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Winnipeg man admits to killing four women, argues he's not criminally responsible

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Defence lawyers of Jeremy Skibicki have admitted in court the accused killed four Indigenous women, but argues he is not criminally responsible for the deaths by way of mental disorder – this latest development has triggered a judge-alone trial rather than a jury trial.

“At this point, the accused is now admitting that he killed all four women, and that is a new development,” Crown prosecutor Chris Vanderhooft told Manitoba’s Court of King’s Bench Monday morning.

Skibicki is charged with four counts of first-degree murder in the deaths of Rebecca Contois, Morgan Harris, Marcedes Myran, and an unidentified woman who Indigenous leaders have given the name Mashkode Bizhiki'ikwe or Buffalo Woman.

He has pleaded not guilty.

The partial remains of Contois were found in a garbage bin and Winnipeg's Brady Landfill in 2022. Police said they believe the remains of Myran and Harris are in the Prairie Green Landfill outside of Winnipeg. The remains of the fourth woman have not been found.

Chief Justice Glenn Joyal, who is presiding over the case, confirmed with Skibicki’s defence lawyer Leonard Tailleur.

“Am I correct in assuming that, for the record, that you – on behalf of Mr. Skibicki – Mr. Tailleur, are admitting that Skibicki caused the deaths of all four victims… and that he caused them unlawfully?” Joyal asked.

“Yes,” Tailleur responded.

Skibicki sat silently in the prisoner’s box during the proceedings that lasted less than 15 minutes. He was brought into the courtroom by two sheriffs, his hands and feet shackled.

Members of the victims’ families were also in the courtroom Monday, some holding eagle fans and feathers which the court heard previously represents love.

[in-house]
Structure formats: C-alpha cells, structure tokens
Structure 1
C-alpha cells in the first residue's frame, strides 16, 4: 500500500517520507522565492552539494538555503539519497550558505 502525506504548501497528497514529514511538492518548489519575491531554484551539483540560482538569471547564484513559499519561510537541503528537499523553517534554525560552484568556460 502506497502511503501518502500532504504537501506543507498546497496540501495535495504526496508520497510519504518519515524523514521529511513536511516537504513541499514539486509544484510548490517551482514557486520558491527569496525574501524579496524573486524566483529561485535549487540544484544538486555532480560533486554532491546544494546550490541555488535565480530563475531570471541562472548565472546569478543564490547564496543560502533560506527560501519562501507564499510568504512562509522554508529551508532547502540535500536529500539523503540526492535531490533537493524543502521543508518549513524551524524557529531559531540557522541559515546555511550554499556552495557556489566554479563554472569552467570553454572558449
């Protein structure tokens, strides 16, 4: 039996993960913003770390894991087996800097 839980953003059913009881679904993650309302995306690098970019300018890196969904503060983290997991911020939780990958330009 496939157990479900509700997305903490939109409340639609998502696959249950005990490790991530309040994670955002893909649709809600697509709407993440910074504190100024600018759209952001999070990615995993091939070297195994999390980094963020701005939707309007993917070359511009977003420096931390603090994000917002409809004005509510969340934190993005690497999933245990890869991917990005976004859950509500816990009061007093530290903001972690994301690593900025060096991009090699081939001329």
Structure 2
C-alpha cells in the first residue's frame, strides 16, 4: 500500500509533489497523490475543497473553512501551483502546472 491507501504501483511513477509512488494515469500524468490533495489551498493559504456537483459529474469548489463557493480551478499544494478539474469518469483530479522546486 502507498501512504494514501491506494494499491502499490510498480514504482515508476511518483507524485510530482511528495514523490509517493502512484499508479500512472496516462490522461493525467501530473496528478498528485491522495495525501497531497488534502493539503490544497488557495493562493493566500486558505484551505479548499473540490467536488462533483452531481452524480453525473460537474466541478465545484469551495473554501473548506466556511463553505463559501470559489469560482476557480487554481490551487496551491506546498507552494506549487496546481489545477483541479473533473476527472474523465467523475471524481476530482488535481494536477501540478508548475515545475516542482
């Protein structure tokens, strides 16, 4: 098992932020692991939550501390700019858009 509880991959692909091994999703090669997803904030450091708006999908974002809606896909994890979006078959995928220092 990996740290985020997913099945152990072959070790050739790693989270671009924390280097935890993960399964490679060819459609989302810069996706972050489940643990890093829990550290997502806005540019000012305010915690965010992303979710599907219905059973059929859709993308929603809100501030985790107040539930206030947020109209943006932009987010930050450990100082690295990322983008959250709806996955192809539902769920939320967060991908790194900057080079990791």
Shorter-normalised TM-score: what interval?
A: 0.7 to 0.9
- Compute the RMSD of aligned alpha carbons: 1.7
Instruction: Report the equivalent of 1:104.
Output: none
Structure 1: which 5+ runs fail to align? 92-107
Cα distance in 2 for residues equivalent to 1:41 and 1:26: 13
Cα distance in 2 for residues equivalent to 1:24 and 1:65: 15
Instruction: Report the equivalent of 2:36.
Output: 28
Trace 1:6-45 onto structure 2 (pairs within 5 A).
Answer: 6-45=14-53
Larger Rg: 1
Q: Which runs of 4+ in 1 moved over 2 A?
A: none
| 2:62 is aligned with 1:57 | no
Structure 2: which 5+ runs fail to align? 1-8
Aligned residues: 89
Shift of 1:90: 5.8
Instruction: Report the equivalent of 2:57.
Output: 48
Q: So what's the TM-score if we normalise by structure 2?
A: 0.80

“Honestly, I don't even have any words. It was just kind of a shock, but we are so happy,” Melissa Robinson, the cousin of Morgan Harris, told reporters outside the courthouse Monday.

“It's been all about justice for my cousin, and we're going to get it. We're going to get it and we're going to get all four.”

While Skibicki has now admitted to the killings, the court has heard the accused’s defence team plan to argue he is not criminally responsible by way of mental disorder.

“It’s a matter to ensure that justice is done one or the other,” Tailleur told reporters outside the courthouse. “That’s what we’re concerned with.”

This all comes days after Joyal dismissed a constitutional question from Skibicki’s defence team and ruled the trial would go ahead with a jury.

Skibicki's defence had unsuccessfully argued the media coverage in the lead-up to the high-profile case may have prejudiced a jury – thereby violating Skibicki's right to a fair trial.

At the time, Crown prosecutors were opposed to having the trial heard by judge alone, but told the court on Monday that had changed given the recent developments.

"If we were required to prove that the accused killed all four women, this would still be a jury trial," Vanderhooft told the court. "However, in light of recent agreements and admissions… we are now prepared to provide our consent to proceed to trial by judge alone."

Joyal said the trial will now hinge on Skibicki’s mental capacity and intent in the killings.

The trial will proceed on Wednesday. Joyal said at that time, the jury that had been selected last month, will be dismissed.  

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